“I hope the vast amount of music that was played and performed represents a timeline – a poignant timeline of the emotions of our Marine Corps, our Marines, and of course, the musical capabilities of ‘The Commandant’s Own,’” Dix said.

Some of Dix’s original compositions include Reveille – a swing march dedicated to America’s Wounded Warriors; Birth of a Drum Corps – to honor the 75th anniversary of “The Commandant’s Own” and the first original drum and bugle corps work transcribed for a major symphony orchestra; and Corpsman Up – a march dedicated to the Navy corpsman who serve alongside Marines.

Under Dix’s leadership, the unit traveled the world as commandants would see morale, diplomatic and recruiting needs arise. During his tenure, “The Commandant’s Own” played for the Queen of England, at the Winter Olympics, alongside the New York Philharmonic, and throughout the United States, Australia, Europe, Asia and the Middle East.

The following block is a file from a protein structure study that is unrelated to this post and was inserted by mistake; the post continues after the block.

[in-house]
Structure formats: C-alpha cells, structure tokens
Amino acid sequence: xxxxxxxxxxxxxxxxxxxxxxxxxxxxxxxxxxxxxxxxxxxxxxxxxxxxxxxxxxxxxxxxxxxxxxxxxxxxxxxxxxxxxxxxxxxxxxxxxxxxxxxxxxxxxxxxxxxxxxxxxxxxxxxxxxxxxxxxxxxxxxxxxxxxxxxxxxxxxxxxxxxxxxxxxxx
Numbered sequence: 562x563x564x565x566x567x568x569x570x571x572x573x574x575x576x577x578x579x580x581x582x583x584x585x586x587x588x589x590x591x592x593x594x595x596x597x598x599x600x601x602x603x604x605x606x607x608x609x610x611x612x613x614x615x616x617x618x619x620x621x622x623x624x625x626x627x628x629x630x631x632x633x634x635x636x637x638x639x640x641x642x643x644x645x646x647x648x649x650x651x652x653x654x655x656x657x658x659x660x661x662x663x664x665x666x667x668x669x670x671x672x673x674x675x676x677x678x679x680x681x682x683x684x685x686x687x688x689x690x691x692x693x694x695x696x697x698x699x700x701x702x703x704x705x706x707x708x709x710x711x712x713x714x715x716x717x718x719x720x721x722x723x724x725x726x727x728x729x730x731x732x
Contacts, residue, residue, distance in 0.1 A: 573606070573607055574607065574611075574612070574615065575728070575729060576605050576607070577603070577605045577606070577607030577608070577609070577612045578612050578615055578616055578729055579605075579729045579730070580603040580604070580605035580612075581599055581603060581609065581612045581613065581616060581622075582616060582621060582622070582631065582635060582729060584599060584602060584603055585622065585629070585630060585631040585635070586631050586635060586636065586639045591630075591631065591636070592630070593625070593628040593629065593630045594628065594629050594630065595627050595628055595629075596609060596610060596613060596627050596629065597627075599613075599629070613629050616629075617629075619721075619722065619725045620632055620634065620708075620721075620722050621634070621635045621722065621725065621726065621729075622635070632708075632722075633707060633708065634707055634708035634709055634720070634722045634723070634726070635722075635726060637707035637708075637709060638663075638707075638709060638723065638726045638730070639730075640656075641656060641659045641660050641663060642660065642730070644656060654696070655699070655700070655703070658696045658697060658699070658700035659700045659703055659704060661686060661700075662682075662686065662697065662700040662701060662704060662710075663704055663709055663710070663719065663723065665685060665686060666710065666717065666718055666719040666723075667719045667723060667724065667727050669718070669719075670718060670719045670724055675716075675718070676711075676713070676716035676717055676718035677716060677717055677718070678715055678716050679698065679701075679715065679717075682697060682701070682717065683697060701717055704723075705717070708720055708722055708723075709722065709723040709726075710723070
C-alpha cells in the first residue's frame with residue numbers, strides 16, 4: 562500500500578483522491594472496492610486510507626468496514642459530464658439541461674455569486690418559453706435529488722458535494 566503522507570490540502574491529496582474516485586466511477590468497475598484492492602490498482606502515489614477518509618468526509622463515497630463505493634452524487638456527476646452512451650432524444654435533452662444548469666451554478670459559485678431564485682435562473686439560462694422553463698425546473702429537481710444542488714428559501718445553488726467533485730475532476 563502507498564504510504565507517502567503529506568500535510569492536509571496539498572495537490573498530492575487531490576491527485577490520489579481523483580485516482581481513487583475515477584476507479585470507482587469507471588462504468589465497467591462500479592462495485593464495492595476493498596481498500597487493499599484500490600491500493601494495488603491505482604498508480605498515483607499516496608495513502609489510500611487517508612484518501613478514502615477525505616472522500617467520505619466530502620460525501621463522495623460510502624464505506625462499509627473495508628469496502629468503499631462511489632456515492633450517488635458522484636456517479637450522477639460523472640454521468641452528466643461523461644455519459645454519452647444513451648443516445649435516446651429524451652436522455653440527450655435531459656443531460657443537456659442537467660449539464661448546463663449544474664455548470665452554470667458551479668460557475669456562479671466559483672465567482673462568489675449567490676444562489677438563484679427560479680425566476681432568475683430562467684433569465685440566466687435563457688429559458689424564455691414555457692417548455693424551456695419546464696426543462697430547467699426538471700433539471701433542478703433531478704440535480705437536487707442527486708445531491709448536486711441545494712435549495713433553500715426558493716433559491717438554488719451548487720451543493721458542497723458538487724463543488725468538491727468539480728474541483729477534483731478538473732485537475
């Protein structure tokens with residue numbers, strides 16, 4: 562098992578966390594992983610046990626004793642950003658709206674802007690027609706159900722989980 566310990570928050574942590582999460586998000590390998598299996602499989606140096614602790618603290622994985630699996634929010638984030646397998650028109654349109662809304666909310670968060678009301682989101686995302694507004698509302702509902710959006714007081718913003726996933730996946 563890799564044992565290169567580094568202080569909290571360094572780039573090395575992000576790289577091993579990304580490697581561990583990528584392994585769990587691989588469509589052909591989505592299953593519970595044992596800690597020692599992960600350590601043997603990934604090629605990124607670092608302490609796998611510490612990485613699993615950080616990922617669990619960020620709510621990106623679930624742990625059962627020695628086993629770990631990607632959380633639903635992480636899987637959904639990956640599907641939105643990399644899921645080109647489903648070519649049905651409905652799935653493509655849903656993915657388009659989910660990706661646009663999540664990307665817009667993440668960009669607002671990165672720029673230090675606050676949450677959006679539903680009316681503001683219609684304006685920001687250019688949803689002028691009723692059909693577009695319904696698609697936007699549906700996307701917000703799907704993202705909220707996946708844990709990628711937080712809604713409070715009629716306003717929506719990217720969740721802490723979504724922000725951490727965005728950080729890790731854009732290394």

Dix speaks fondly of “The Commandant’s Own,” and the reverence and sincerity in his voice is that of a prideful leader. But notably, it’s not pride in his personal accomplishments, of which there are many, but pride in the musicians he’s been associated with for more than 30 years. Above all, the music is paramount, and as the arrangements continued to become more challenging, the Marine met and exceeded expectations, he said.

“The magic of the music would never occur if it wasn’t for the Marines in ‘The Commandant’s Own,’” he said. “They’re the ones that take little black and white notes and give them color, direction, style and verve. When something worked, it was magical.”

On Dec. 11, 2014, Dix retired from the Marine Corps and handed the director’s baton to Capt. Christopher Hall, formerly the unit’s executive officer and now its fifth director.